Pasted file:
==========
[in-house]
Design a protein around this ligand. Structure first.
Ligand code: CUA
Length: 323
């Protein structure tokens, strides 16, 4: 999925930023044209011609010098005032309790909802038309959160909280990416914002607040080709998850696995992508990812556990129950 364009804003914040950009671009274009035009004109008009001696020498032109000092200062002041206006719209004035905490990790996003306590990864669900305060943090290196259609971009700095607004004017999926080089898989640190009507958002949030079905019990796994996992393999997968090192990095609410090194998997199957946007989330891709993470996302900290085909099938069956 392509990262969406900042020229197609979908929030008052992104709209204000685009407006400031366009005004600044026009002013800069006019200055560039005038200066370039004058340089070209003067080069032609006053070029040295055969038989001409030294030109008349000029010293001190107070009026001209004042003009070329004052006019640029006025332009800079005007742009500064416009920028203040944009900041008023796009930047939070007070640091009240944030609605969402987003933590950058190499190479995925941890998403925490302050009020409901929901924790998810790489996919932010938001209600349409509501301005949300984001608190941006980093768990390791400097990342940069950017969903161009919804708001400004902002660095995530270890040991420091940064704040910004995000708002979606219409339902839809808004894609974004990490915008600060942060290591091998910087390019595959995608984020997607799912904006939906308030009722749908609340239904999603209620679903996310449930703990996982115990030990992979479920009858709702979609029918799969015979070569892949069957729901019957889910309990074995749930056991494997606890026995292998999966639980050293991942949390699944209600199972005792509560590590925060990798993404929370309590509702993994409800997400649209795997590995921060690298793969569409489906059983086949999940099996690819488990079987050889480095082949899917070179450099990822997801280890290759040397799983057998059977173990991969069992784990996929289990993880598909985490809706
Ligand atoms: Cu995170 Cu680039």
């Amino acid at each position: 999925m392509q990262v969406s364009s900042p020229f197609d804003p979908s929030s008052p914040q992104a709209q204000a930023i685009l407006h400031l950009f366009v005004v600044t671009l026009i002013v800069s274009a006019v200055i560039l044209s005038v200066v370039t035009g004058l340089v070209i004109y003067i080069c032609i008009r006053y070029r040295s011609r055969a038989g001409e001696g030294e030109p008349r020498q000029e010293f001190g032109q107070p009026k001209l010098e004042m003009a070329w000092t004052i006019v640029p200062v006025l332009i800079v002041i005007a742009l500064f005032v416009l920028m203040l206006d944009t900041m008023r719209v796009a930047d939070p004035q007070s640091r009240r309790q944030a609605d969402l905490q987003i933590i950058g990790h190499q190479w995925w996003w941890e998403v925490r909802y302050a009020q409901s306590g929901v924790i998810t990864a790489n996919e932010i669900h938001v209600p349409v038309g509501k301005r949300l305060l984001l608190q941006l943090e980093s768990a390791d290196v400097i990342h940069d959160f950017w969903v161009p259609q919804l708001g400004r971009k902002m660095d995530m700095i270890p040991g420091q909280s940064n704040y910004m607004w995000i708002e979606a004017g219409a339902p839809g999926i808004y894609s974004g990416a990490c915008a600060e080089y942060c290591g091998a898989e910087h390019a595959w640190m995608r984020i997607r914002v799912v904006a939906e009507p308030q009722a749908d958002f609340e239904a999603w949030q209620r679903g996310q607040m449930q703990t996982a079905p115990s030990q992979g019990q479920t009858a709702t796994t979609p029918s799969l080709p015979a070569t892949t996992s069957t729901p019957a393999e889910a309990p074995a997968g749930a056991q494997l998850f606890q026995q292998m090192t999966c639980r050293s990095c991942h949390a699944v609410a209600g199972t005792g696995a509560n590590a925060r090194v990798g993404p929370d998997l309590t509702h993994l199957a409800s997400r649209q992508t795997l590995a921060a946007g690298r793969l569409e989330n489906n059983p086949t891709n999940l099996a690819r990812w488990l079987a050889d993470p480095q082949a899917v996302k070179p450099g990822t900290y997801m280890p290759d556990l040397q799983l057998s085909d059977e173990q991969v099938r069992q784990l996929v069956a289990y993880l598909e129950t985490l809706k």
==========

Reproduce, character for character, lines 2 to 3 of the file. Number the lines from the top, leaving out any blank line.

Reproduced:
Design a protein around this ligand. Structure first.
Ligand code: CUA